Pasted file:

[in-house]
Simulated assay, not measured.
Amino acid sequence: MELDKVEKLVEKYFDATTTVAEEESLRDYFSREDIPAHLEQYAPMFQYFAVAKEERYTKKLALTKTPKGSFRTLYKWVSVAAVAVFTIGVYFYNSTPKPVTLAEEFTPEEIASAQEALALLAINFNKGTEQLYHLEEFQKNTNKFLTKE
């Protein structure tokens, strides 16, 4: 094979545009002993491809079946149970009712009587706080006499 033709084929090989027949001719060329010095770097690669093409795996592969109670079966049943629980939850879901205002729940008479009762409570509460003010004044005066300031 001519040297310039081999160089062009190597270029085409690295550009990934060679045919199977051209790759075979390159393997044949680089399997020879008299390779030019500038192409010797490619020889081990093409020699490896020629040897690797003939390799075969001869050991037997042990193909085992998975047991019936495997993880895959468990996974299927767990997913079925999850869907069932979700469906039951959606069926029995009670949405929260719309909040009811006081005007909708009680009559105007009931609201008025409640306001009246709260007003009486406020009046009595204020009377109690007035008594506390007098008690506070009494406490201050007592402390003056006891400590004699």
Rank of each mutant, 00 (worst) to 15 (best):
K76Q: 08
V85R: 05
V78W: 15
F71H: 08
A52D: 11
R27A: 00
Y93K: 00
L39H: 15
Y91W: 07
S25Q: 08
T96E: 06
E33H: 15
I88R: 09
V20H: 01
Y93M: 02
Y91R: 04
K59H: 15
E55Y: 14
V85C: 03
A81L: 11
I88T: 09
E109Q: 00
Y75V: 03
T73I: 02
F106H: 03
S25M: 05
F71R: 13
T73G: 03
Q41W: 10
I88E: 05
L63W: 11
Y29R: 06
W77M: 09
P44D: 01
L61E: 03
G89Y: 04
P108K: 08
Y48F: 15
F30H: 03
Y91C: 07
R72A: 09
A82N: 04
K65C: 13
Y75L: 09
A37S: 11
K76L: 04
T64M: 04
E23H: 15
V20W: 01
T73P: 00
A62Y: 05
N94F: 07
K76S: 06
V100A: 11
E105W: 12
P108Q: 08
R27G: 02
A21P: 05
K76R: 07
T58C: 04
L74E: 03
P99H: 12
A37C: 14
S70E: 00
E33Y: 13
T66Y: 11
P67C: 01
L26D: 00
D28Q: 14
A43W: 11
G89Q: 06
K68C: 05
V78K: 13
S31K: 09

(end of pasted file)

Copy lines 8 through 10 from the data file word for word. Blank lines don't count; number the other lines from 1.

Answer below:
V78W: 15
F71H: 08
A52D: 11